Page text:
Home/OCIE Announces Most Frequent Advertising Rule Risks Identified in Examinations

OCIE Announces Most Frequent Advertising Rule Risks Identified in Examinations

WHAT HAPPENED?

On September 14, 2017, the Office of Compliance Inspections and Examinations (“OCIE”) announced the most frequent compliance issues with the Advertising Rule that were identified in their recent deficiency letters and examinations.  The Advertising Rule states that an advertisement includes the dissemination of written communication addressed to one or more persons, or any announcement in any publication or media, which offers:

  • Analysis on securities or recommendation to buy or sell any security;
  • Any graph, chart, formula or related device to determine whether to buy or sell any security; and
  • Any other investment advisory service regarding securities.

MOST IDENTIFIED COMPLIANCE ISSUES

The following compliance issues were the most frequent deficiencies that the OCIE identified:

  1. Misleading Performance Results: Examples include the use of performance without the deduction of advisory fees, inadequate disclosures about the limitations inherent in comparisons of results to benchmarks, and the use of back-tested performance without explaining how the returns were formulated.
  2. Misleading One-on-One Presentations: Examples include using gross performance results without relevant disclosures and the failure to disclose that advertised performance results did not deduct advisory fees and other related expenses.
  3. Misleading Claim of Compliance with Voluntary Performance Standards: For example, claiming compliance with GIPS without providing clear indication to the OCIE staff that the standards’ guidelines were sufficiently met.
  4. Cherry-Picked Profitable Stock Selections: For example, advertisements that used past specific recommendations without meeting the requirements outlined in Subsection (a)(2) of the Advertising Rule.
  5. Misleading Selection of Recommendations: For example, disclosing past specific investment recommendations that did not include all prior recommendations of the investment strategy, thus violating the conditions set forth in the TCW Group and Franklin no-action letters, as further described below.
    1. TCW Group No-Action Letter – The SEC Investment Management (“IM”) staff stated that advisers are permitted to disseminate advertisements that included an equal number of the best and worst performing holdings in an investment strategy, provided several representations are met[i].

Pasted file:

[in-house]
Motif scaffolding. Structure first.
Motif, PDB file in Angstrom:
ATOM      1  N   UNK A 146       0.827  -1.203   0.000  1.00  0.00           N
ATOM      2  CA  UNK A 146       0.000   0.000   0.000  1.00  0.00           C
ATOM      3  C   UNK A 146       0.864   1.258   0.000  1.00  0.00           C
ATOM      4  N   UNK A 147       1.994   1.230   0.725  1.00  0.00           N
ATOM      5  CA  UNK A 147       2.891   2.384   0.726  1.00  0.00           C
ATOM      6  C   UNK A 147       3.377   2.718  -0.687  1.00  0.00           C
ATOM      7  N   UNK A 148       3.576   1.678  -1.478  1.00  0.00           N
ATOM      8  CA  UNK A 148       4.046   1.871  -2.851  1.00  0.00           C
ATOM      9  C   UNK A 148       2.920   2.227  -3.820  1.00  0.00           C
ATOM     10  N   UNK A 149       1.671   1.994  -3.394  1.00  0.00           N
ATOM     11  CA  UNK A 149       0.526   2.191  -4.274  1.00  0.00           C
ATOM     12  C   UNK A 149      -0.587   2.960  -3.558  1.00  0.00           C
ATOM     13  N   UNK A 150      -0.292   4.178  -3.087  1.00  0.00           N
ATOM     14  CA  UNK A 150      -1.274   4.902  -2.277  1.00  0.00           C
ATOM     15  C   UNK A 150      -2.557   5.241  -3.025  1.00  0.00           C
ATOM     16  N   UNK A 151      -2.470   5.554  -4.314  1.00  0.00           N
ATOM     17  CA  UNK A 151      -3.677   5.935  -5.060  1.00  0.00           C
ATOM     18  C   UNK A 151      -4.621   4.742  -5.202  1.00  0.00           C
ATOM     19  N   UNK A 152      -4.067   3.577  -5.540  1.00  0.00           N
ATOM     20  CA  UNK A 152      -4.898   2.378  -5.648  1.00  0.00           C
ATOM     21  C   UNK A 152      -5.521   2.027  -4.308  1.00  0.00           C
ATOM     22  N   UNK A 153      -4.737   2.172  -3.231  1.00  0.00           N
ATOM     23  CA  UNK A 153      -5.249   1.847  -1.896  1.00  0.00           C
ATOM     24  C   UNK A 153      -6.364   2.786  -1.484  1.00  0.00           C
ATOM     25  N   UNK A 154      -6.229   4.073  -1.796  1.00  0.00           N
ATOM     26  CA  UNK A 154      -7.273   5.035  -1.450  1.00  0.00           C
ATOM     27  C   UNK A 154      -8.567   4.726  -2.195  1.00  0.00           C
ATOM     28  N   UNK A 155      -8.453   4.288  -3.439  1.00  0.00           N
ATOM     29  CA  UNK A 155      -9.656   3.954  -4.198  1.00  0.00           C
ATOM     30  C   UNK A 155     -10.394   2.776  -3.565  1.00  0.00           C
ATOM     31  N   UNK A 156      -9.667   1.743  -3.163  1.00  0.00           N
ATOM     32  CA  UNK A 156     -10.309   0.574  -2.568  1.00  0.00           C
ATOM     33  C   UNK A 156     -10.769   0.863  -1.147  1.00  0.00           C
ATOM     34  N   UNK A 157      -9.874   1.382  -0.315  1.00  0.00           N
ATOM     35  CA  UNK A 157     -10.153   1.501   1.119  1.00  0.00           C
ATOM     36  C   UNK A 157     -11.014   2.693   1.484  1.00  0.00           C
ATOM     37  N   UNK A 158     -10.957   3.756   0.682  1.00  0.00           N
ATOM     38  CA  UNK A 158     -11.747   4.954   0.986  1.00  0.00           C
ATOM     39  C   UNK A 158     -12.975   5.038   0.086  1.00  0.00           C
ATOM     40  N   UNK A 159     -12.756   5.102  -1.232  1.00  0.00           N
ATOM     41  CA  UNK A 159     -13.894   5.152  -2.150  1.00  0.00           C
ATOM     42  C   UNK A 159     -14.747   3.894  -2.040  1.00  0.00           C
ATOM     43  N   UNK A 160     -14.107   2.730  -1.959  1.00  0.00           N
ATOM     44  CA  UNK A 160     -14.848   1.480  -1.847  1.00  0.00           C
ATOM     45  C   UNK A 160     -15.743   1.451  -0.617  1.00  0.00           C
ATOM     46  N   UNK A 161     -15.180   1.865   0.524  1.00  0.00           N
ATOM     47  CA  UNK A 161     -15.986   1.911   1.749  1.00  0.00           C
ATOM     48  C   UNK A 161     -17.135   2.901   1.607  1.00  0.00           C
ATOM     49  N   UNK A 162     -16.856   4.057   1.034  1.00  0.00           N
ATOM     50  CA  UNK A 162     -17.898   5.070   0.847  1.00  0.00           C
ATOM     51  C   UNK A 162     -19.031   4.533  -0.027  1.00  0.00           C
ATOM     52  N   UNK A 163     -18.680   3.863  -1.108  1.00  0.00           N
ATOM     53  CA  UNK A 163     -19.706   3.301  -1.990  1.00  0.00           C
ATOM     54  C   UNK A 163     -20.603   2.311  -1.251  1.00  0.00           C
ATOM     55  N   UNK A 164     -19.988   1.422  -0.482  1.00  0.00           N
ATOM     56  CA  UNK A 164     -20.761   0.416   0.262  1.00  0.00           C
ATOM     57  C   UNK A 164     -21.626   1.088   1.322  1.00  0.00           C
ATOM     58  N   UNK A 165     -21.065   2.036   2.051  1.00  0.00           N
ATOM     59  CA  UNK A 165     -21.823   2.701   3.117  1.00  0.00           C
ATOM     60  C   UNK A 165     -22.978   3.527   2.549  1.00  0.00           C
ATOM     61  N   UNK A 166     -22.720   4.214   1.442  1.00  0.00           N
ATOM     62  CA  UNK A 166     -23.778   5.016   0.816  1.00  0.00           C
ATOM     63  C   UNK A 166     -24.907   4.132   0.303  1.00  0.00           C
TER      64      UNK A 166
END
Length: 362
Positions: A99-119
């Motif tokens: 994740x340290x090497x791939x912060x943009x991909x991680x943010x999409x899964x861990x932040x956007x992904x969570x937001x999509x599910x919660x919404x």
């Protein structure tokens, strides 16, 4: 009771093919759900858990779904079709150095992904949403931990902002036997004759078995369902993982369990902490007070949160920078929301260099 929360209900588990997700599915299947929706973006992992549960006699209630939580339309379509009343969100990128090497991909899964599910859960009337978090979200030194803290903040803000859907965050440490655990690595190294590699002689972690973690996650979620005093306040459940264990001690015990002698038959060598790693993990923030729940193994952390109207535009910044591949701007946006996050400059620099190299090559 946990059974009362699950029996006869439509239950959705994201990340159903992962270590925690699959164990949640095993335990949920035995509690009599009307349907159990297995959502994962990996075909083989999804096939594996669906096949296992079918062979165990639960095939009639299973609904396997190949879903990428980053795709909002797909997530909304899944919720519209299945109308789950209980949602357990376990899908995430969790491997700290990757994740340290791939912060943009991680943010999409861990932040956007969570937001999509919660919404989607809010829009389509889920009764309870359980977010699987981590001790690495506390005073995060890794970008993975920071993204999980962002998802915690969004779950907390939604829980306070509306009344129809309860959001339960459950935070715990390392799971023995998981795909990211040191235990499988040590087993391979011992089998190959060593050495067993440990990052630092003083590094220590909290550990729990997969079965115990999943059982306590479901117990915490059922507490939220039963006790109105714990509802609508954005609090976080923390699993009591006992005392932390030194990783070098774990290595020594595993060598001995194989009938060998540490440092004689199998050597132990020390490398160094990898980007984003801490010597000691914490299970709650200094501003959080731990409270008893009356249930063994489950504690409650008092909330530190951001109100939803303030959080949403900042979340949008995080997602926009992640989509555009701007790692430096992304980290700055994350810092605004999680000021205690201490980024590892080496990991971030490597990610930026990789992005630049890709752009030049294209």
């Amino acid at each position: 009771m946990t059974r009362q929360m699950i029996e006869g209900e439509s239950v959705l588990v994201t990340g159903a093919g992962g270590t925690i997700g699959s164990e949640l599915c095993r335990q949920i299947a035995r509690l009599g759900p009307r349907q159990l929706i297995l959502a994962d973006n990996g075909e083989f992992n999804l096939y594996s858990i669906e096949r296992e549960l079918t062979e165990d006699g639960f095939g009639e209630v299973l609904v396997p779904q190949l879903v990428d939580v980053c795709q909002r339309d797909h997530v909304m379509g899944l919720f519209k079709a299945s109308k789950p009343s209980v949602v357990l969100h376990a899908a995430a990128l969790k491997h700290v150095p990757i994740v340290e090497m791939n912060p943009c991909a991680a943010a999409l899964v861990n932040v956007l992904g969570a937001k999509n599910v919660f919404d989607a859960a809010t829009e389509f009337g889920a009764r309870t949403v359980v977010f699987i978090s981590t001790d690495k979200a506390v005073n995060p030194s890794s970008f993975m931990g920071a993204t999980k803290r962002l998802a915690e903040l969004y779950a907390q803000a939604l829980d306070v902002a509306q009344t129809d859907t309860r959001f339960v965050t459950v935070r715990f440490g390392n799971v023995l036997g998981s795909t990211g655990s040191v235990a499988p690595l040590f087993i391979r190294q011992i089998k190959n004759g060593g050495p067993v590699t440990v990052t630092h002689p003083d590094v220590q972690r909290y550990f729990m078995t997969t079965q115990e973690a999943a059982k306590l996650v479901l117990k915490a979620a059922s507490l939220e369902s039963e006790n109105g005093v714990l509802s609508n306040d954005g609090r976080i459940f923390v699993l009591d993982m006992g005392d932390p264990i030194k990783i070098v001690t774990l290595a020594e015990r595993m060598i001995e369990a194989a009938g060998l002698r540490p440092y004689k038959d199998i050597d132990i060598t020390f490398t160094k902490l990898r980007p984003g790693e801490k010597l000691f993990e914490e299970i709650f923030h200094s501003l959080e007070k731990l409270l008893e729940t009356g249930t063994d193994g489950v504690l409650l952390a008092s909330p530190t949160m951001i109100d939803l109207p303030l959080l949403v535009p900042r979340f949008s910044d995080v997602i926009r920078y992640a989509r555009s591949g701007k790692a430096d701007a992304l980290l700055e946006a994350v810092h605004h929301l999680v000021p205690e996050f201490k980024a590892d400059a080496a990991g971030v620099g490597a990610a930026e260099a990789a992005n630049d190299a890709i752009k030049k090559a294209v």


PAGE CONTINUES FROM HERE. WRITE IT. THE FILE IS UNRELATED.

2. Franklin No-Action Letter – The SEC IM staff stated that advisers are permitted to disseminate advertisements that included past specific recommendations if they were selected by using a consistently applied, objective, non-performance based selection criteria and meet certain additional requirements[ii].
  6. Inadequate Compliance Policies and Procedures Designed to Prevent Deficient Advertising Practices: Examples included policies and procedures that did not establish (i) a process for the review and approval of marketing materials prior to distribution; (ii) establish parameters for selecting which accounts for inclusion in composite performance calculations; and (iii) guaranteeing the accuracy of performance results.

TOUTING INITIATIVE OBSERVATIONS

OCIE launched its Touting Initiative in 2016, with the intent of evaluating the adequacy of disclosures provided by advisers to clients when including accolades in advertisements.  The most commonly identified compliance issues from the Touting Initiative included the following:

  • Misleading Use of Third Party Rankings or Awards: Examples included the advertisement of accolades that were (i) received based on potentially false or misleading information; (ii) circulated while no longer current; or (iii) distributed without disclosing the relevant selection criteria, entity conducting the survey, or requirement of a participation fee;
  • Misleading Use of Professional Designations in Form ADV Part 2B Brochure Supplements and Advertisements: For example, the failure to explain (i) the minimum qualifications required to attain the advertised employee professional designations; or (ii) that the referenced designations have lapsed; and
  • Prohibited Use of Testimonials: For example, advisers publishing client endorsements on their websites, social media pages, pitch books, or in reprints of third party articles.

WHAT DOES THIS MEAN FOR ME?

Advisers are required to adopt and implement detailed, written policies and procedures reasonably designed to comply with requirements of the Advertising Rule.  Compliance programs should include a thorough review and approval process to mitigate the risks identified by OCIE staff.  This process should ensure that the compliance program is effective in removing misleading language or adding adequate disclosures to prevent the distribution of misleading advertisements.  Fairview supports clients in reviewing marketing materials for compliance and provides annual compliance training to assist employees with understanding the requirements of the Advertising Rule.

Please contact Fairview if you have any questions or concerns regarding this Risk Alert or your firm’s compliance program.

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Fairview
Founded in 2005 with the goal of developing streamlined back office solutions for investment advisers. Fairview is now servicing investment advisers, foundations and funds with over $132 billion in collective assets.